State of Knowledge and Information:

      • We don’t know what we don’t know.
      • We have not asked because we don’t know what to ask.

      Example of this domain:

      • Attacks of September 11, 2001

      Tools to use in this domain:

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      5. Disorder

      The fifth domain is Disorder – which touches every other domain. This is the realm of the unknown. An organization can slip into this domain at any point in time and from any domain. It is also extremely difficult at times to recognize if you are in this domain. Dettmer provides the following advice if you find your organization has slipped into this domain,

      “The way out of this realm is to break down the situation into constituent parts and assign each to one of the other realms. Leaders can then make decisions and intervene in contextually appropriate ways.”

      Flow of Ideas

        Dave Snowden, developer of the Cynefin framework, discusses the dynamics an organization goes through within his framework and provides the following advice. [2]

        • To enable the partially constrained flow of ideas, we need to ensure there is good connectivity within the organization, but without central control. Leaders need to stand above the system but not engage with it.
        • As coherence starts to clump, we then shift by recognizing the structure and process of our organization.
        • A pattern of destruction to enable rebirth should be built into your system. After a period of time we should break up the formal group allowing a new knowledge to be created. We should break all links allowing new links to form.

        This last point is the one that struck me the most. I thrive in chaos and love to create new things. When I see destruction, I see it as a good thing. I see it as a paradigm shift and a way to bring forth something radically new.

        This brings to mind a couple examples that could use complete destruction, thus bringing about a paradigm shift in the way we think about them. The first one is that of climate change. The second is a topic I write about extensively – the foster care system. We need to completely destroy how we think about the two and how we operate within them.

        Lastly, I will leave you with Albert Einstein ‘s advice,

        We shall need a substantially new way of thinking if humanity is to survive.

        Featured photo credit: By Akshat Rathi via qz.com

        Reference

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        Dr. Jamie Schwandt

        Lean Six Sigma Master Black Belt & Red Team Critical Thinker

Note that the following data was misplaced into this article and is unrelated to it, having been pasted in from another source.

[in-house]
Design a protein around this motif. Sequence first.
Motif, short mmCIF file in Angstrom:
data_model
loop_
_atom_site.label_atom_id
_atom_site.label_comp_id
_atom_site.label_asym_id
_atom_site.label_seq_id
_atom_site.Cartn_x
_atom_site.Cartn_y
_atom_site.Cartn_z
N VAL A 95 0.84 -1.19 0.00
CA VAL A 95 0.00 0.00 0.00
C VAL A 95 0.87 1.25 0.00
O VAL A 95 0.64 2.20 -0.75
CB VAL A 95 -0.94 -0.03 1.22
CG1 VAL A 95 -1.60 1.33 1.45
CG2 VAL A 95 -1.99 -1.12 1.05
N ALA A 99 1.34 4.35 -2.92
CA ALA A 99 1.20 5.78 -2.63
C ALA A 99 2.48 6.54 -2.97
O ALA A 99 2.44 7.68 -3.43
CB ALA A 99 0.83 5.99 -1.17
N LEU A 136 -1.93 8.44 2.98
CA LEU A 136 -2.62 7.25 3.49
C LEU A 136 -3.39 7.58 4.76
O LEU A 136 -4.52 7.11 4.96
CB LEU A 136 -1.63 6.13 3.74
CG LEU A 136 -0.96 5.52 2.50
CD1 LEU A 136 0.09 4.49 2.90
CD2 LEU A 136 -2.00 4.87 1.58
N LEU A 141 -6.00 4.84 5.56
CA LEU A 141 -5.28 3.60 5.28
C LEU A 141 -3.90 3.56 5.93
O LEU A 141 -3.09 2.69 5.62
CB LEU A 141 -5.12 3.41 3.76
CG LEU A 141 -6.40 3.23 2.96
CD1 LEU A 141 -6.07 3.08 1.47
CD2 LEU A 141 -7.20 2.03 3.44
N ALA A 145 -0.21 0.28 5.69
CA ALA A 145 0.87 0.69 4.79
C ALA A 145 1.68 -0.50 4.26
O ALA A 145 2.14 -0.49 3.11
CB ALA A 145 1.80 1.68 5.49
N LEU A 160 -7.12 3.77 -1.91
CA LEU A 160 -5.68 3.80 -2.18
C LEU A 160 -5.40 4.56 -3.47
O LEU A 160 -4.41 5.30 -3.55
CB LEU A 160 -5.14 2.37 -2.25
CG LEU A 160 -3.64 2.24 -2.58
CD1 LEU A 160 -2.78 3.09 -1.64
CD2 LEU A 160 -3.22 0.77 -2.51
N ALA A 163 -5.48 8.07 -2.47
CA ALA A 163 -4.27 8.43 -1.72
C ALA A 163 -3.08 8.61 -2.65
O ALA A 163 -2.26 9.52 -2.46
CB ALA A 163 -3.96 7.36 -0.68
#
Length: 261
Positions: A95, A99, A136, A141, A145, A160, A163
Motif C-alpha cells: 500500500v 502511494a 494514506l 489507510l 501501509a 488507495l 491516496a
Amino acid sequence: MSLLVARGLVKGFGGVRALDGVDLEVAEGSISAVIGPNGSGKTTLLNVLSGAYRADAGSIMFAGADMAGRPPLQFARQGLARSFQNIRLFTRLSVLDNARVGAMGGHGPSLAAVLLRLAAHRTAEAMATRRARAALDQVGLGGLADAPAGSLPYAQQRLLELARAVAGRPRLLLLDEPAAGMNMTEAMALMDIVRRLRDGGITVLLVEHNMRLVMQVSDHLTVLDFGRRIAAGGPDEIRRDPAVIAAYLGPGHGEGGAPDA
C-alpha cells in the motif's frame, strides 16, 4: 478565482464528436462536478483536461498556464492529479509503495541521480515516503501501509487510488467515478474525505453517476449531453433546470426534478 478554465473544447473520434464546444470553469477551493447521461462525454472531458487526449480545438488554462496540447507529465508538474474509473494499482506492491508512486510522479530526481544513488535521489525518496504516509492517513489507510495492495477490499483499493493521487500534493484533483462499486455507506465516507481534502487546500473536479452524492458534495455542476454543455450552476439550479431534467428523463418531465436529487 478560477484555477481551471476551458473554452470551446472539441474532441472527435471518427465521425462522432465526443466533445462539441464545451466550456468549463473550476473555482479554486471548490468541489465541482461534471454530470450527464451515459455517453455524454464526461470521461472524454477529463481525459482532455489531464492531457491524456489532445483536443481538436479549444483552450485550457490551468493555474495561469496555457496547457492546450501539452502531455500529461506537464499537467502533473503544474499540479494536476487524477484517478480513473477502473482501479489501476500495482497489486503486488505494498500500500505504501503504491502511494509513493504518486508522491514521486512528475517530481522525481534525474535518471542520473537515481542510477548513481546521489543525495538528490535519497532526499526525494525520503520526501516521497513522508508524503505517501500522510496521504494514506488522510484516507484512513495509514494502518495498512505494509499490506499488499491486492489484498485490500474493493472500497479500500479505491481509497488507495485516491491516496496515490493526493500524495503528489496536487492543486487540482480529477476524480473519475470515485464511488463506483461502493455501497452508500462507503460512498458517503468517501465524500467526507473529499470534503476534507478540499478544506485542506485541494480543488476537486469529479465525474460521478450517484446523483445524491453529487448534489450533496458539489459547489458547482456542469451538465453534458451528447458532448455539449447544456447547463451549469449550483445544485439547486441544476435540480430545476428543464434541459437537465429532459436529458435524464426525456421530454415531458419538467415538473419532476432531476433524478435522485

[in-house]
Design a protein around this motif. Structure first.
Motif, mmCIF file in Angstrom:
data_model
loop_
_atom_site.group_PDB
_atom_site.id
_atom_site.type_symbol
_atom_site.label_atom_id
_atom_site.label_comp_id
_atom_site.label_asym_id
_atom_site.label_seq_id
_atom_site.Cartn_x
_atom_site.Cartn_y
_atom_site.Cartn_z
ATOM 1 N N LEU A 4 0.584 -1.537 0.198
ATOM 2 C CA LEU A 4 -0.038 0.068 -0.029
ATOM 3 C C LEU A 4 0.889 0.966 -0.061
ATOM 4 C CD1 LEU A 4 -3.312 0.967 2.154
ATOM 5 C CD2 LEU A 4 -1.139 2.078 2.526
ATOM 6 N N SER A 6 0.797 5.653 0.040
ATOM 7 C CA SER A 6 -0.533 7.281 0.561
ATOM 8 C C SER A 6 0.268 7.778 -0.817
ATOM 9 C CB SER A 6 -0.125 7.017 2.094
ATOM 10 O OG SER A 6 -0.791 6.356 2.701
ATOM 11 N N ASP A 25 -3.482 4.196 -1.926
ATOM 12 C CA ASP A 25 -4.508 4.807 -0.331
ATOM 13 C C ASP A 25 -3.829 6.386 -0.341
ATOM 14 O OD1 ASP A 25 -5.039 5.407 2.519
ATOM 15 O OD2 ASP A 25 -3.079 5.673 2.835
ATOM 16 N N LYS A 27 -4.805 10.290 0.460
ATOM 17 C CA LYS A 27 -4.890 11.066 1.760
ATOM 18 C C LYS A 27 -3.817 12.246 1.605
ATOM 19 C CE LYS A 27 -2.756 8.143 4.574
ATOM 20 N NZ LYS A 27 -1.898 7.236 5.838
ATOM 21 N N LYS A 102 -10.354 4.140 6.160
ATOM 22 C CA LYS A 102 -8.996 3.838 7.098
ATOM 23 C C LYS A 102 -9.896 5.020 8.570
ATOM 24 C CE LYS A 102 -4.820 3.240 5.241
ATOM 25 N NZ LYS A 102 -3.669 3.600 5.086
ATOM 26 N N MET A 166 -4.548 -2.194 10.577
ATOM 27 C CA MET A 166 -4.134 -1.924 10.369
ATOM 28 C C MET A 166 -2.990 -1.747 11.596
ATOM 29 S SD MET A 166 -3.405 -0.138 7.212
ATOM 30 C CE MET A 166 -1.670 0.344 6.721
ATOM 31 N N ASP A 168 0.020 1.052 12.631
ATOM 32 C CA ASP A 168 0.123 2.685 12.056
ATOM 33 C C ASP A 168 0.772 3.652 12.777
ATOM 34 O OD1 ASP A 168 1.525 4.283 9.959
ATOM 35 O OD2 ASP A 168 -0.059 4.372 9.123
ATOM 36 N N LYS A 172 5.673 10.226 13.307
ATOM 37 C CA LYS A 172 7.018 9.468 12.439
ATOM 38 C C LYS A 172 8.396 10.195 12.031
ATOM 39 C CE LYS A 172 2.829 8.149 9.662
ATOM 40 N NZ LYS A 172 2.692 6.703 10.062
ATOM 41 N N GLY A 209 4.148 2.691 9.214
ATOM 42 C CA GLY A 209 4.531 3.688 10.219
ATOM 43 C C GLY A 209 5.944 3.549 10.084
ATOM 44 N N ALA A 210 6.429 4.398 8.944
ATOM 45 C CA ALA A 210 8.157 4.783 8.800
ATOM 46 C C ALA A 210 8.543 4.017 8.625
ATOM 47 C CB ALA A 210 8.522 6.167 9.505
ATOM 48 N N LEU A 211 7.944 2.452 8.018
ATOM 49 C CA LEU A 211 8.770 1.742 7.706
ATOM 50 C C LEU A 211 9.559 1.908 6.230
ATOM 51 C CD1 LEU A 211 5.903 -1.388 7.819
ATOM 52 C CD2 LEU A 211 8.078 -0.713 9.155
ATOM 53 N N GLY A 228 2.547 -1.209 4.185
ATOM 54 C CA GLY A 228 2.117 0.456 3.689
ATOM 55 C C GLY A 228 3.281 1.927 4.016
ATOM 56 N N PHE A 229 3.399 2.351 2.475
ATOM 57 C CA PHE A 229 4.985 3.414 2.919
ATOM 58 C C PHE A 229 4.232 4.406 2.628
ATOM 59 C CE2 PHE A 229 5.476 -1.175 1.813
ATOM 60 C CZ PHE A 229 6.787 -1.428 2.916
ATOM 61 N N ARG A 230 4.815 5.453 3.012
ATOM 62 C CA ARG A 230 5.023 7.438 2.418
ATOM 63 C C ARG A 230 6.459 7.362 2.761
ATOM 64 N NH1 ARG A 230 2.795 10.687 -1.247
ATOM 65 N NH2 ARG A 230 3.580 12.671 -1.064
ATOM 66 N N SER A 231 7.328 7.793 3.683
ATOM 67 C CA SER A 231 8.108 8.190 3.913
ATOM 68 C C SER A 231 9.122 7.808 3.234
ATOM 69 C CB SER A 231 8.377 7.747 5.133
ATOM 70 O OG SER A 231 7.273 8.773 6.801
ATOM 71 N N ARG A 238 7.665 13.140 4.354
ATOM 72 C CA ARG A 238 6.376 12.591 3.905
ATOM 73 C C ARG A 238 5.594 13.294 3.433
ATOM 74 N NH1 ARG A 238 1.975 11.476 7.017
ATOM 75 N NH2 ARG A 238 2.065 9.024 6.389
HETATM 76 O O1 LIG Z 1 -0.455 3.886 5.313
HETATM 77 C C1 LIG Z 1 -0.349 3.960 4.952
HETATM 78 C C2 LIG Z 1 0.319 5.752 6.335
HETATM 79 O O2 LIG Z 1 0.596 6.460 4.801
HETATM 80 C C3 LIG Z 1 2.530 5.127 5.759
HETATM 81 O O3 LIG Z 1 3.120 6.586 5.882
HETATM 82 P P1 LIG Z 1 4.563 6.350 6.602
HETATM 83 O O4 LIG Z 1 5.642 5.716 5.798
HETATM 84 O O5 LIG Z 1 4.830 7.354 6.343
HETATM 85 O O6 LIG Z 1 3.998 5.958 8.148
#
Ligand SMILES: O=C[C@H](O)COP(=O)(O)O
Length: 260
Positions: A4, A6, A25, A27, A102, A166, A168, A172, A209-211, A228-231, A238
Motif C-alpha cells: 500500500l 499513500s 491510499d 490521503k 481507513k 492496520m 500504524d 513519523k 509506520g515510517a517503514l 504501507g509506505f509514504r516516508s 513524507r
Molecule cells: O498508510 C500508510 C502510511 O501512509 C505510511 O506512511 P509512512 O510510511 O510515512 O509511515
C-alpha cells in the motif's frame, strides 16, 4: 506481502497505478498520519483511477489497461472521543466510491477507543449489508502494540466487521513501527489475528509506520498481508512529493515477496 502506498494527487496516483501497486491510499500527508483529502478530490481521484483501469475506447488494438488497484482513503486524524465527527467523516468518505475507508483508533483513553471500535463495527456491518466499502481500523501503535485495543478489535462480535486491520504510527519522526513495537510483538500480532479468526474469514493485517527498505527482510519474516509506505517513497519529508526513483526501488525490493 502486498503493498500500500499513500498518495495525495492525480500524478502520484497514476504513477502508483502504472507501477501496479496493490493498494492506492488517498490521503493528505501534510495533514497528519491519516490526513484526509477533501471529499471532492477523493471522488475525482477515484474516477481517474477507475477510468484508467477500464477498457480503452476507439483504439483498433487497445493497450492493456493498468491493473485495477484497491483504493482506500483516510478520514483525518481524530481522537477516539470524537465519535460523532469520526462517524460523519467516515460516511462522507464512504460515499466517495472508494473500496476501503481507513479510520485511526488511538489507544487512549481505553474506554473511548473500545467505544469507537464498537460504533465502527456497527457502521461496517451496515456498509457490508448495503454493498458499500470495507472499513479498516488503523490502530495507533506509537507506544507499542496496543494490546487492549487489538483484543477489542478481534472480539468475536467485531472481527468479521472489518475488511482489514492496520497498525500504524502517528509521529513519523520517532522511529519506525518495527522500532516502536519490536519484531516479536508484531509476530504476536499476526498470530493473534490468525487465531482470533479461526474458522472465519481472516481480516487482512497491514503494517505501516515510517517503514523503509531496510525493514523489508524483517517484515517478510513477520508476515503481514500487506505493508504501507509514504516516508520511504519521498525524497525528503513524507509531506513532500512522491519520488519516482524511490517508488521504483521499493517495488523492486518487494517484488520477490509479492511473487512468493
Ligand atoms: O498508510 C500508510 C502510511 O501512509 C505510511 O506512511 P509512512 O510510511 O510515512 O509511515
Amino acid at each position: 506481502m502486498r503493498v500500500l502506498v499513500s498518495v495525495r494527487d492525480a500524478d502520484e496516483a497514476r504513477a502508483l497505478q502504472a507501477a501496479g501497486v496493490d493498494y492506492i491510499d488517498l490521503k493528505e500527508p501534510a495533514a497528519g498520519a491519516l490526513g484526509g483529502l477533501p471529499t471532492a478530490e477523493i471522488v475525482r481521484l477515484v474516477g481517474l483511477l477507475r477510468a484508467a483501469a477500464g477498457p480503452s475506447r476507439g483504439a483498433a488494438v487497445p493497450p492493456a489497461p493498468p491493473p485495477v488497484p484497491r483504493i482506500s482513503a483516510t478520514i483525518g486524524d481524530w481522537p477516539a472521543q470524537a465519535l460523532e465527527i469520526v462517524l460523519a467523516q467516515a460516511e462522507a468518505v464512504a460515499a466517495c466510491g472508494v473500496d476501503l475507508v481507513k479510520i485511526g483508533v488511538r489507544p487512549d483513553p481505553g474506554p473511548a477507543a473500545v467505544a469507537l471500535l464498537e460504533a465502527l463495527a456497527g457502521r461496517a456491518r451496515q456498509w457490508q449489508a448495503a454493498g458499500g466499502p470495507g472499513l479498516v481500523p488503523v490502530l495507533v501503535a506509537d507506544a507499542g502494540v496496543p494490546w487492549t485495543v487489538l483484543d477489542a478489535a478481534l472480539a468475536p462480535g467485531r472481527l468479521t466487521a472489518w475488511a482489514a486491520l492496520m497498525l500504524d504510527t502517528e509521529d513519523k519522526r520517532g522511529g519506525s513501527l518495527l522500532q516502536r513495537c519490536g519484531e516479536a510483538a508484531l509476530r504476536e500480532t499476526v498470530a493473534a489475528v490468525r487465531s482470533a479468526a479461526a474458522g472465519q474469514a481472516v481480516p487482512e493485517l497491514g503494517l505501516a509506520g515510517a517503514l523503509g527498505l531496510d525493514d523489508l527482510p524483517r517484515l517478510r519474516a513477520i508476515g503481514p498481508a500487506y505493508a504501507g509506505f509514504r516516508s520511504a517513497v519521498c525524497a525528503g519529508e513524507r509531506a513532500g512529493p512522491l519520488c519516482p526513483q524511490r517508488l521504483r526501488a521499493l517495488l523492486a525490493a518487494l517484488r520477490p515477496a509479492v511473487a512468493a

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        Last Updated on November 20, 2019

        How to Measure a Goal? (With Examples of Measurable Goals)

        How to Measure a Goal? (With Examples of Measurable Goals)

        Everyone sets goals. Whether they are daily goals like completing a project, personal aspirations like traveling the world, or even workplace targets, setting a goal isn’t enough to get you over the line unfortunately. This is why only eight percent of people achieve their goals.[1]

        So how do the high achievers do it?

        By setting measurable goals, keep track of them and progress towards these goals.

        To help you out, I’ve put together a simple guide on measuring goals. I’ll show you a SMART framework you can use to create measurable goals, and how you can track its progress.

        To begin, let me introduce you to the SMART acronym.

        What Is a Measurable SMART Goal?

        SMART stands for Specific, Measureable, Achievable, Relevant, and Time-Bound. They help set clear intentions, this way, you can continue staying on course.

        When you’re writing a SMART Goal, you need to work through each of the terms in the acronym to ensure it’s realistic and achievable.

        It’ll help you set specific and challenging goals that eliminate and vagueness and guesswork. It’ll also have a clear deadline so you know when you need to complete it by.

        Here’s what SMART stand for:

        Specific

        Your goals need to be specific. Without specificity, your goal will feel much harder to complete and stick to.

        They should also have a specific outcome. Without the outcome, it will be hard to focus and stay on task with your goals.

        I can’t stress this enough. In fact, two researchers Edwin Locke and Gary Latham, found that when people set specific yet challenging goals, it led to increased performance 90 percent of the time.[2]

        Here’s an example of a specific goal:

        Increase sales by 10% in 90 days. 

        Measurable